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Yen K. Le, Ralph L. Piedmont, Ph.D., Teresa A. Wilkins, Ph.D.

Spirituality, Stress, and Resilience among Middle-aged Vietnamese American Catholics

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Middle adulthood is the developmental period that often starts from 40-45 years of age and extends to 60-65 years of age (Santrock, 2015). In spite of possible gains which might occur during this middle-aged period in the areas of education, career, and relationship (Willis & Schaie, 2005), many middle-aged people experience much stress due to increasing responsibilities and roles, as well as a need to balance work and relationship responsibilities in the midst of physical and psychological changes related to aging (Lachman, 2004). Resilience, the ability to maintain positive functioning in the midst of adversity, can be a strength-based resource to assist mid-lifers in adapting to life's stressors and changes in a positive manner (Ryan & Caltabiano, 2009).

Objective: Spirituality and religiosity are consistently associated with well-being, but little is known about the mechanism behind these associations. The present study aimed (a) to examine the relationship between spirituality, religiosity, stress, and resilience, and (b) to investigate the incremental validity of spirituality and religiosity on stress and resilience among individuals at mid-life (40-60 of age).

Hypothesis 1: Spirituality and religiosity should relate to resilience and stress in people’s life.

Hypothesis 2: There should be significant gender and religious status effects on the ASPIRES scales as well as the scales of personality, resilience in midlife, and stress overload.

Hypothesis 3: Spirituality and religiosity should have incremental validity over religious status, gender, and the personality traits of midlife participants in predicting total resilience in midlife and stress overload.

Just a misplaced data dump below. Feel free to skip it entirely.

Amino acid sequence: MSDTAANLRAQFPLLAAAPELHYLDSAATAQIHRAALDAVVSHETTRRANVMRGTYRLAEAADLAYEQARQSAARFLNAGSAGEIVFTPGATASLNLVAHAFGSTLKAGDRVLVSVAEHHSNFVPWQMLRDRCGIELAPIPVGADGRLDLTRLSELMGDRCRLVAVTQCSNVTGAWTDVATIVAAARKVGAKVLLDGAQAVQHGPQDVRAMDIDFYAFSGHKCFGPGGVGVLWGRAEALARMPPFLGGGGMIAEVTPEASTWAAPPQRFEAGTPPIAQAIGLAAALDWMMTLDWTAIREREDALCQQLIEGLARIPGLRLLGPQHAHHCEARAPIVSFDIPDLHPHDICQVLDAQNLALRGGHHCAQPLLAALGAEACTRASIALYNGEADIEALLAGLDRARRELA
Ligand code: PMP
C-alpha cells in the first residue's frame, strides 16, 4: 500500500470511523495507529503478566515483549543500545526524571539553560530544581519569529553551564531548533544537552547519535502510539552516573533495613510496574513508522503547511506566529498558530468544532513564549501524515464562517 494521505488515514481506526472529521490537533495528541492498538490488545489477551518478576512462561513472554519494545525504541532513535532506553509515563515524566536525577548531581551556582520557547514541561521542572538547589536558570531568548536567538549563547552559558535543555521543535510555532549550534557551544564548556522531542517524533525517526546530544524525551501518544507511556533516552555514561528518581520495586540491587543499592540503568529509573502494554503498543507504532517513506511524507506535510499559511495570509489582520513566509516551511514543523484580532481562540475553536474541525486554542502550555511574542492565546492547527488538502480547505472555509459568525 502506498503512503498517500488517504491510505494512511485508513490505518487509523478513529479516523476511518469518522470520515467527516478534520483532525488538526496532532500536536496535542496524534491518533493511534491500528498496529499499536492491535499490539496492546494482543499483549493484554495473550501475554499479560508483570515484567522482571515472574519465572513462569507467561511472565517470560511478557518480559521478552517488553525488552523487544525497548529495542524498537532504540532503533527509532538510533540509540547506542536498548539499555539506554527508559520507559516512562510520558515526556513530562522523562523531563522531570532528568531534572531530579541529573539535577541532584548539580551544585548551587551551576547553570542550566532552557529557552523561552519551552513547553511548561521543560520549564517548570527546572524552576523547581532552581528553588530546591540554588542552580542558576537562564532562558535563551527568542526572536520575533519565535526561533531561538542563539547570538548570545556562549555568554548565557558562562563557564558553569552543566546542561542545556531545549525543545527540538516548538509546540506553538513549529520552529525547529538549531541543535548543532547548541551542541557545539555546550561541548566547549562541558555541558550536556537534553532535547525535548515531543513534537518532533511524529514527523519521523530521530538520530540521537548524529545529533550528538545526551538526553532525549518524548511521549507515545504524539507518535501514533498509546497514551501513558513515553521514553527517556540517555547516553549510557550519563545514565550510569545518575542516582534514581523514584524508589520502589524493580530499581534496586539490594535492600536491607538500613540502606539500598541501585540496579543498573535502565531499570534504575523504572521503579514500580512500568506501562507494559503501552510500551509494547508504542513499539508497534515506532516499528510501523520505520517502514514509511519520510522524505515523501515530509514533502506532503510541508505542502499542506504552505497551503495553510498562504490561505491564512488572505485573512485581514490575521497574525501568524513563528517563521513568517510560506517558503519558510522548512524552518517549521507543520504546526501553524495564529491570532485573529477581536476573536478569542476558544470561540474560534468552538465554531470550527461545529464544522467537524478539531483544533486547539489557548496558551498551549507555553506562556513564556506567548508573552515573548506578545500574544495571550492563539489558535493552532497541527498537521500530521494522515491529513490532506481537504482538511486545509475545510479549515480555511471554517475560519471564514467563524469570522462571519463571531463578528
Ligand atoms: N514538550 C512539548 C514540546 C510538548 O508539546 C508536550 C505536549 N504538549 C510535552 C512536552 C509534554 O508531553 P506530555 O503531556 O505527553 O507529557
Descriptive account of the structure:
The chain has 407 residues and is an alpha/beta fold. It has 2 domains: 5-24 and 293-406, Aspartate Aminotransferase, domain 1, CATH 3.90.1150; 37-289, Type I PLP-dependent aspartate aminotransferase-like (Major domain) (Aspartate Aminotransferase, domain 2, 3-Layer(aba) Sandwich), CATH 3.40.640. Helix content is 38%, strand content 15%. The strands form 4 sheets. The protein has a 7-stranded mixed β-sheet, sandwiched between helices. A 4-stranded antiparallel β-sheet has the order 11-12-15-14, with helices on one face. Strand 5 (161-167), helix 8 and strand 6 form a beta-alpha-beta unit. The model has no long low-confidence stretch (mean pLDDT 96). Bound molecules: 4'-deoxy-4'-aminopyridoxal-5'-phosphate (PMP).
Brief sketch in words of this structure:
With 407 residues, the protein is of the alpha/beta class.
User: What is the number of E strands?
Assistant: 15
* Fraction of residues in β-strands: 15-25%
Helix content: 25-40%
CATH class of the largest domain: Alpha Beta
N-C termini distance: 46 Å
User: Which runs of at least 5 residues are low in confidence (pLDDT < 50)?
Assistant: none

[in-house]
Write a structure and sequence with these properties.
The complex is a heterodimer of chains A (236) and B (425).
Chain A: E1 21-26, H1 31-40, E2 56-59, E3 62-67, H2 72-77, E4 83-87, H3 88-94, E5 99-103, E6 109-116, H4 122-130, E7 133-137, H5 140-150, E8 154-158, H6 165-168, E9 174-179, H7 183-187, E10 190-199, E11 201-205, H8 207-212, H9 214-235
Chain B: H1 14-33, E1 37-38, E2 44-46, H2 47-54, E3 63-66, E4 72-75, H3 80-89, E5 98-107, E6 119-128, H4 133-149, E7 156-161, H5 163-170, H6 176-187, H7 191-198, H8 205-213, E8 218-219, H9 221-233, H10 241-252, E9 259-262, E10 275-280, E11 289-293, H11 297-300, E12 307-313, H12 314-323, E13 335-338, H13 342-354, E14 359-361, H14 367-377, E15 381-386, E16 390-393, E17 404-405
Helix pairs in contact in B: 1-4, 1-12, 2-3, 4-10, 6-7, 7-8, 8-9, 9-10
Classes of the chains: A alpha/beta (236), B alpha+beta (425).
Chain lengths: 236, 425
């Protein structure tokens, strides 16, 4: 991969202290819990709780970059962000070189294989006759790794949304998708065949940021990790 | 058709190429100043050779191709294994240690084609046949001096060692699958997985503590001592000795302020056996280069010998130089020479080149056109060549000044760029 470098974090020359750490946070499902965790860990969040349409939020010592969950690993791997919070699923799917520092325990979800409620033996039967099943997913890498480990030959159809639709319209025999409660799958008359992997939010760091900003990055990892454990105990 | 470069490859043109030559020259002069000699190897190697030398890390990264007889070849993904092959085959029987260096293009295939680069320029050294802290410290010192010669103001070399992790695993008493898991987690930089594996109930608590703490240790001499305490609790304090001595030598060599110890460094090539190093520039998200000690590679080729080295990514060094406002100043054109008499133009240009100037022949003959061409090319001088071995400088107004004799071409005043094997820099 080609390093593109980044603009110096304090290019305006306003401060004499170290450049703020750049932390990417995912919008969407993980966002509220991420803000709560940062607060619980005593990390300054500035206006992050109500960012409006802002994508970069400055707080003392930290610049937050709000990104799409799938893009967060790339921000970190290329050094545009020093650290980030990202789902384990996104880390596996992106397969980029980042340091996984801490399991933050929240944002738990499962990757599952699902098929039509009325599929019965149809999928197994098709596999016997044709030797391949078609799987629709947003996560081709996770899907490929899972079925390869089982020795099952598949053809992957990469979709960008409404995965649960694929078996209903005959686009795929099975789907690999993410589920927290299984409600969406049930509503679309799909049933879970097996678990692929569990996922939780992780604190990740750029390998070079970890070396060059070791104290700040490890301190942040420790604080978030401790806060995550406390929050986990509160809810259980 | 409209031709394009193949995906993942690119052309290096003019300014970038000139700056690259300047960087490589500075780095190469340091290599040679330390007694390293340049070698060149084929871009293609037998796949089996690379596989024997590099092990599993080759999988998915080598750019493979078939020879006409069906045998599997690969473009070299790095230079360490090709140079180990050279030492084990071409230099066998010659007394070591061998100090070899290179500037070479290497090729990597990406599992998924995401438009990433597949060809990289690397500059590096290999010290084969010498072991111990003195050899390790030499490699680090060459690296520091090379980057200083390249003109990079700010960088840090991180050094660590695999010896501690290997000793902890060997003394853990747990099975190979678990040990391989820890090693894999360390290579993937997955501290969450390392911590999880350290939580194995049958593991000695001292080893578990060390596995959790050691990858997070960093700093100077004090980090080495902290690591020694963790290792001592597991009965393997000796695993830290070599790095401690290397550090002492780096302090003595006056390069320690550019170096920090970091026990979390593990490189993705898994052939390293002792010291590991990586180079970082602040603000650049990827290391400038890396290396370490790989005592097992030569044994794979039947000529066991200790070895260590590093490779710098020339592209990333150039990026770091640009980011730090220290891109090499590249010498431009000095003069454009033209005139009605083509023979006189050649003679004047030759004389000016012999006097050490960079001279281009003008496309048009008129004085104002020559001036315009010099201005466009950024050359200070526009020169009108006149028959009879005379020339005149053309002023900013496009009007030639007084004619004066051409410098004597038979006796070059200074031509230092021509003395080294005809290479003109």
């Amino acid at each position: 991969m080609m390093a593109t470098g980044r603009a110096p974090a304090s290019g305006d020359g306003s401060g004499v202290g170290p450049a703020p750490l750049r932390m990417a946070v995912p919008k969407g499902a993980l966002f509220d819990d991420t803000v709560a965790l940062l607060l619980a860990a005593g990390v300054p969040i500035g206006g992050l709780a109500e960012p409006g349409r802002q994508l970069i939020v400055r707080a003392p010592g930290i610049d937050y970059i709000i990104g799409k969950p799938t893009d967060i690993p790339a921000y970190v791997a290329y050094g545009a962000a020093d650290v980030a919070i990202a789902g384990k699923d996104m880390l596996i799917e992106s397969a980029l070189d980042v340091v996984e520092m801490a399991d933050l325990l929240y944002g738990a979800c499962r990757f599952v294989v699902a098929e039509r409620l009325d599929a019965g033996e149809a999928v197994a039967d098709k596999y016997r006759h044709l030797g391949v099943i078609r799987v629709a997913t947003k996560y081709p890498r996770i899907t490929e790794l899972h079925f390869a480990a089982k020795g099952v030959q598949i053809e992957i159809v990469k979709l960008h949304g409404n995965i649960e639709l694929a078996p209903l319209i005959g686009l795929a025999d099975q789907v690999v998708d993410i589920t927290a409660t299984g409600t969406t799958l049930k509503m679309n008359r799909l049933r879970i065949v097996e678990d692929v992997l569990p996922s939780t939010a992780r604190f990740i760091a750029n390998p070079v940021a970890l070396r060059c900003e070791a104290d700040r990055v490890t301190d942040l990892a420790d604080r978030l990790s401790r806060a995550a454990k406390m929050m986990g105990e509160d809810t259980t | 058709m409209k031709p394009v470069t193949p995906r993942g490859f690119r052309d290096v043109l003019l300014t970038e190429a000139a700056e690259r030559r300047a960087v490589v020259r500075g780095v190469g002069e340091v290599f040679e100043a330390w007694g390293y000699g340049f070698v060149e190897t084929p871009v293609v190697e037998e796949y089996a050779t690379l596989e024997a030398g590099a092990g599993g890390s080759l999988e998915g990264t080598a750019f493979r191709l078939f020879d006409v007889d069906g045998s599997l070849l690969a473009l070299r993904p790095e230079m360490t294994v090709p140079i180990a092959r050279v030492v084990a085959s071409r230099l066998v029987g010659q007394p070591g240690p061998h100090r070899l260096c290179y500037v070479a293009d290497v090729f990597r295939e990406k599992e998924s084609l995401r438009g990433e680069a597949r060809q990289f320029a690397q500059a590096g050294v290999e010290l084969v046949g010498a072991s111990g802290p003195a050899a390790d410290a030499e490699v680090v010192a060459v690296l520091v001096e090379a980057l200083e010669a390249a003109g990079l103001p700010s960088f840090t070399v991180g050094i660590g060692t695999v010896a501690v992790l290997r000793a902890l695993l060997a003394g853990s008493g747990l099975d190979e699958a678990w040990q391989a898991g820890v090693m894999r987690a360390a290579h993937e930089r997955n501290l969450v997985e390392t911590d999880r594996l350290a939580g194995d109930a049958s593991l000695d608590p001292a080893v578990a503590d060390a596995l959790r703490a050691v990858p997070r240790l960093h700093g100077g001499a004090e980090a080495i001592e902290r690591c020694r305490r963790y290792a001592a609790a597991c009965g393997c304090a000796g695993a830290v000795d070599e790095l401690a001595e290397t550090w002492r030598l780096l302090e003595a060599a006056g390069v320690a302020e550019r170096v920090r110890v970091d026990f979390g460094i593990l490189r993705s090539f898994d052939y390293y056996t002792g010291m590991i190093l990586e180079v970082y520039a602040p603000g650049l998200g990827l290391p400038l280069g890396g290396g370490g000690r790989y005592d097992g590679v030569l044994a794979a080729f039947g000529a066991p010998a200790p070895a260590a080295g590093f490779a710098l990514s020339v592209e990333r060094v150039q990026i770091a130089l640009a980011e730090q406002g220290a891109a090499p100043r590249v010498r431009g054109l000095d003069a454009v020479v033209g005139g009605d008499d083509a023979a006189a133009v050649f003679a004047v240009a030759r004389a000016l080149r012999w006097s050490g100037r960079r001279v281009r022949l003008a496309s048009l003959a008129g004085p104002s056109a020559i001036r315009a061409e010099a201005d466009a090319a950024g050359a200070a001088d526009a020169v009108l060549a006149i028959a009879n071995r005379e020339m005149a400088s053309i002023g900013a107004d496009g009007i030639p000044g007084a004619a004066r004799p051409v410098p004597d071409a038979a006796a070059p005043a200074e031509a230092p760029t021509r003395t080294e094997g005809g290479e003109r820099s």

Method: Participants were 171 Vietnamese American Catholics (95 females and 76 males), aged 40-60 from different states in the U.S. Participants completed the following measures: the SOS (a measure of stress), the ASPIRES (a measure of spiritual and religious motivations), the IPIP-50 (a measure of personality), and the RIM (a measure of midlife resilience). A survey questionnaire including demographic and key variables of this study was digitized and loaded into a Qualtrics Survey. All the scales were translated into Vietnamese and back translated. Participants could respond to the questionnaire in either English or Vietnamese. The current study used the snowball sampling technique, in which participants received an email with an online link and it took them about 20 minutes to complete the survey.

Results: Results indicated that all five subscales of ASPIRES (Piedmont, 2010) measuring spirituality and religiosity significantly related to resilience; whereas stress only significantly related to Prayer Fulfillment, Religious Involvement, and Religious Crisis. The Religious Involvement scale provided a significant incremental validity in the explained variance of the TRIM, ΔR2 = .02, Partial F(5, 162) = 5.06, p < .05. The Religious Crisis scale, ΔR2 = .06, Partial F(5, 162) = 17.30, p < .001; and the Universality scale, ΔR2 = .02, Partial F(5, 162) = 5.45, p < .05 provided significant incremental validity in the explained variance of the TSOS.

Conclusion: Results indicated that spirituality and religiosity might be important resources for managing stress and maintaining resilience for Vietnamese American Catholics at midlife.


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